Have you ever had an annoying presence in your life that likes to ride your coattails?
Have you ever had a shadow following you that isn’t quiet and innocuous but rather loud and self-validating? At the expense of your self-esteem?
So I had that shadow for the better part of my life. Was it annoying? Yes. Two-faced? You bet! Self-involved? Totally.
It’s hard to get rid of people who are always with us. We grow up with them and start to identify with them. We internalize their struggles and problems. We find excuses for their behavior. We facilitate them in their atrocious behavior. We also enable their entitlement.
If you spoke with a psychologist, self-involved people have generally overwhelming or underwhelming narcissistic traits. They have self-serving agendas. Their friendships work around the premise of how they would work for them. They cannot think for their purported friends. They’re not capable of that. Narcissists lack empathy. When narcissists get into deep relationships they try to fulfill their duties to their partner or friend by a close analysis of their partner’s or friend’s response to the narcissist’s actions. These responses help narcissists perfect a socially acceptable behavior until this behavior starts to get in the way of their entitlement. Then they start to abuse, torture, gaslight and demean their victims.
But if narcissism was curable it wouldn’t have claimed as many strong personalities as it has over the years.
The narcissist in my life wasn’t curable either. The amount of validation she needed was exhausting for one friend to provide. It started out as sympathy for her that led to her running all over our friendship. It quickly evolved into a codependent relationship. Soon the relationship was about her making more friends while I remained the most dependable one. I was usually left in the dust. I was never a priority. I had strict subliminally sent messages about how my making more friends would be a breach of our relationship. It was a convenient arrangement for a self-centered person like her and an introvert like me.
But as with all toxic and one-sided relationships, emancipation happened. It started with her leaving me for someone else. I had to make other friends forcibly. I didn’t want to. Frankly, I was ripped of finding any good girlfriends by her and I doubted my judgement a lot.
I made new friends. True friends. Friends who saw me as an equal and someone that should be respected.
I had a huge perspective shift. From being constantly afraid of waterworks and blame games and hurt feelings I changed into a genuinely hilarious and fun person. I saw friendship for the first time as a fulfilling and cheerful experience. I wasn’t treading on eggshells anymore. I could be honest and upfront. I could crack jokes with them. I could tell my new friends if a certain plan wasn’t particularly my favorite. I wasn’t afraid to affect their feelings in a way that would result in a puddle of tears. Can you sense how refreshing that was for me?
Friendships happen throughout our lives. Now that I’m older I don’t crave human company like I did when I was younger. I was never a happy extrovert but I was also not a loner. I was always very adaptable to whatever setting was expected of me. What I did crave was a relationship of mutual respect and love with my friends. I didn’t realize then but the way I depended on my friend for approval also could’ve determined the way I would choose to depend on my significant other later in life had I not consciously broken the cycle. It was important to do that for growth and a rebirth, of sorts.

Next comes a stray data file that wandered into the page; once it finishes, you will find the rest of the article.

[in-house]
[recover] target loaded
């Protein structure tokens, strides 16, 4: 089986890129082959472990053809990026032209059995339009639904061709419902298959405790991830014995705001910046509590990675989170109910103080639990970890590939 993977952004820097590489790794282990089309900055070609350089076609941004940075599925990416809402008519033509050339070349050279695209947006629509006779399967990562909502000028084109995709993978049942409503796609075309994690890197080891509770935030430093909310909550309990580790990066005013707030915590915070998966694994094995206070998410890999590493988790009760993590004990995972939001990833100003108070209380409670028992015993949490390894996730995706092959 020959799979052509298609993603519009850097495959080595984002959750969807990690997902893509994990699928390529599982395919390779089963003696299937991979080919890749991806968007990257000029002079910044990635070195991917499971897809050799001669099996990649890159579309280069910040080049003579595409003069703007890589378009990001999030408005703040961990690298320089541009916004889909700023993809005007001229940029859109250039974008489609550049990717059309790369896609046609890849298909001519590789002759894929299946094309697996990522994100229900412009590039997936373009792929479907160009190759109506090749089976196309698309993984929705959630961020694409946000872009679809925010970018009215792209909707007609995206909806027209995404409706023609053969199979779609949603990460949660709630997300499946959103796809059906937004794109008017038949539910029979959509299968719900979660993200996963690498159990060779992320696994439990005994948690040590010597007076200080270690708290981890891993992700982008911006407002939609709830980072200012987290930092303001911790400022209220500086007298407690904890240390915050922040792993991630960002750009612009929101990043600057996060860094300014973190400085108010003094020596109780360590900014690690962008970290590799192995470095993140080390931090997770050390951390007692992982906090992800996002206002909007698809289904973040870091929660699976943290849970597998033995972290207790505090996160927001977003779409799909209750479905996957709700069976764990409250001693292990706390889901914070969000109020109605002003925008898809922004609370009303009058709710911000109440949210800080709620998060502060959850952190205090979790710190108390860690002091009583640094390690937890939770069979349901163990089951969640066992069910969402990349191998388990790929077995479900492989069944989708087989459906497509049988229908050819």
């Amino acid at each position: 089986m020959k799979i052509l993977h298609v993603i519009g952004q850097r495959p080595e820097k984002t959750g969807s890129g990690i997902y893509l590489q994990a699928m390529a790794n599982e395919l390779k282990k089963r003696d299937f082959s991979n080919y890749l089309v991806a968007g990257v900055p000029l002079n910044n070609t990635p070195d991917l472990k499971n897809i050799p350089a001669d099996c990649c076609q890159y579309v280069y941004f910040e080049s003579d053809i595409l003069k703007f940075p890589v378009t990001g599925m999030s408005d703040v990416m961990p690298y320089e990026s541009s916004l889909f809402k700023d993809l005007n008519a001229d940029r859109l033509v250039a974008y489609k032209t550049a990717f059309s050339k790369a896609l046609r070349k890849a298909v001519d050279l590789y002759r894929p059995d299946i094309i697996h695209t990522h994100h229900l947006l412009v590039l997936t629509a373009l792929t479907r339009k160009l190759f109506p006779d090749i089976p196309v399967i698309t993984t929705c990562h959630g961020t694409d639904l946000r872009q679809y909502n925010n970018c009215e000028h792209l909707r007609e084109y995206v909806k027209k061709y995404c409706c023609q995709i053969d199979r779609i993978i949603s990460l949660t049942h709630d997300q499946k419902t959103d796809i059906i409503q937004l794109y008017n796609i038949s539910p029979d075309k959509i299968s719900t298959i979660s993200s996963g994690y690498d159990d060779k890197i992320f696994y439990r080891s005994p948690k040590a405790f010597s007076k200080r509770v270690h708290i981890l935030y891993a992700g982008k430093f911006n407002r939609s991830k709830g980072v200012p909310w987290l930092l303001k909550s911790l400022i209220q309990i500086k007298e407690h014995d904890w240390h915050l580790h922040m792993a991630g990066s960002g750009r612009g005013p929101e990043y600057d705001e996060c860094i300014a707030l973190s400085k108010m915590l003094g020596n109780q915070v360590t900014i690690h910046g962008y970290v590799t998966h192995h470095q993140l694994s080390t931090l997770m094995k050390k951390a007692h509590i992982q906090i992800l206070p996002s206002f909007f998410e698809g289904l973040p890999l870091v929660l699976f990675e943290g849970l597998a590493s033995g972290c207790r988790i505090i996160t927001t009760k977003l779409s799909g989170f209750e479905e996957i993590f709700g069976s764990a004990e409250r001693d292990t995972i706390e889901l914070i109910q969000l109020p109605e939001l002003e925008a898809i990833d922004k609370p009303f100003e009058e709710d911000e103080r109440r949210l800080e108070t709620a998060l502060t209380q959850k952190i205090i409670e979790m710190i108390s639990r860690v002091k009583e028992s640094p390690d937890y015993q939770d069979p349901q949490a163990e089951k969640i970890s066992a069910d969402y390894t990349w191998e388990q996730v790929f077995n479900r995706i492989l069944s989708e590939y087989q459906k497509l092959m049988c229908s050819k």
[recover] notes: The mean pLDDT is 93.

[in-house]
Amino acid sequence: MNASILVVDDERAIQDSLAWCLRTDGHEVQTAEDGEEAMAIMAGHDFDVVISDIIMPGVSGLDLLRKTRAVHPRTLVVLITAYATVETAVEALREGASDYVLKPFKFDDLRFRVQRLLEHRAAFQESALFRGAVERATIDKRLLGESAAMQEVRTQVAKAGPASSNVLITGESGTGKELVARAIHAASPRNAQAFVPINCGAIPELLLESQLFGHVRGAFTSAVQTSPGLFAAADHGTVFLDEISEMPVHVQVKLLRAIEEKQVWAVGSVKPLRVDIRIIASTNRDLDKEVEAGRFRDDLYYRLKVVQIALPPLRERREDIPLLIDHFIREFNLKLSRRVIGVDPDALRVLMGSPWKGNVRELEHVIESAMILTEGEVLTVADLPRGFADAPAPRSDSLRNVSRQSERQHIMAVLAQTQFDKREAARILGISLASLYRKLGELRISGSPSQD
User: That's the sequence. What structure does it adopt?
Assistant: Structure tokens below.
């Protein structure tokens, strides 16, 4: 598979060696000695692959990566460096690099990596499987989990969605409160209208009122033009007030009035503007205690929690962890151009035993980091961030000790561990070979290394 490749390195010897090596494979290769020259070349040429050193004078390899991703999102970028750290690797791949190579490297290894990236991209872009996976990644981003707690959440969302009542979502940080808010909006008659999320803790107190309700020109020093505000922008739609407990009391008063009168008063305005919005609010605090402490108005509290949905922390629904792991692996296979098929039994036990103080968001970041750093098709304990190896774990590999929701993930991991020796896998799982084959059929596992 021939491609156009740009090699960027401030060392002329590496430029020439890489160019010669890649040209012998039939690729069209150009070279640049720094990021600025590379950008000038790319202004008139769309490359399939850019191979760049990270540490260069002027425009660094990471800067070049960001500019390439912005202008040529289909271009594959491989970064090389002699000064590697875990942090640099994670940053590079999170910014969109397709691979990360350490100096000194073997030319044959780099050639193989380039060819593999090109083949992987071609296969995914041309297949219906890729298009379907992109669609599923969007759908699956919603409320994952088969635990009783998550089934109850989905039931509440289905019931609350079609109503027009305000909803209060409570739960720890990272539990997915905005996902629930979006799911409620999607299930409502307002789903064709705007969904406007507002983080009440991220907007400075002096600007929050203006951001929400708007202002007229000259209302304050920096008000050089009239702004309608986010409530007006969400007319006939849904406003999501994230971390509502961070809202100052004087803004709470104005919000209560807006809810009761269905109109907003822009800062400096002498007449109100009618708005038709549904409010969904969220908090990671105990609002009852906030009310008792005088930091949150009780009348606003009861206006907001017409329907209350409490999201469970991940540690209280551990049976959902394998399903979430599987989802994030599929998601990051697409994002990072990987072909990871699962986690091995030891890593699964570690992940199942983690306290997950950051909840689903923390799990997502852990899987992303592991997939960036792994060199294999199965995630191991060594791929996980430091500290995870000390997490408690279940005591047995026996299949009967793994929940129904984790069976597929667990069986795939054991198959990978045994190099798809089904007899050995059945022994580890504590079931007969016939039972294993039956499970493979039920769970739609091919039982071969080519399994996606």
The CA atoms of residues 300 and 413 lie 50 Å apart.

Sometimes even with my insistence at being an introvert I come across a woman or many women who inspire me and want me to become a part of their lives. But I’ve become careful about never shortchanging myself so the other person can feel better about themselves. I have also identified a pattern and a tendency with myself. I have a tendency to put up with emotional abuse in the name of emotional connection. I have decided to not give in to trauma bonding or abuse bonding. I share my life and my love with people who are at an equal footing with me or can hold their own. I’ve developed an aversion to people who think they’re better or worse than me. Because people who think they’re better than me are always keeping me at my toes in a quest to prove myself worthy of their friendship. And people who think they’re worse than me are always keeping me busy with the job of proving to them that they’re worthy of my friendship.
And friendship isn’t a relationship of convenience or hierarchy. Friendship is a courtship where we both should make each other feel wanted while also maintaining our worth to ourselves.
But coming back to my friend who tailed my ass like my shadow and invariably always bit my ass too! I blocked her. From all my social media accounts and my life, I blocked her.
I’ll be looking forward to it
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Interesting analysis of friendship. Thank you for sharing your personal experiences. I have my own understanding of this concept, which I will share some other time.
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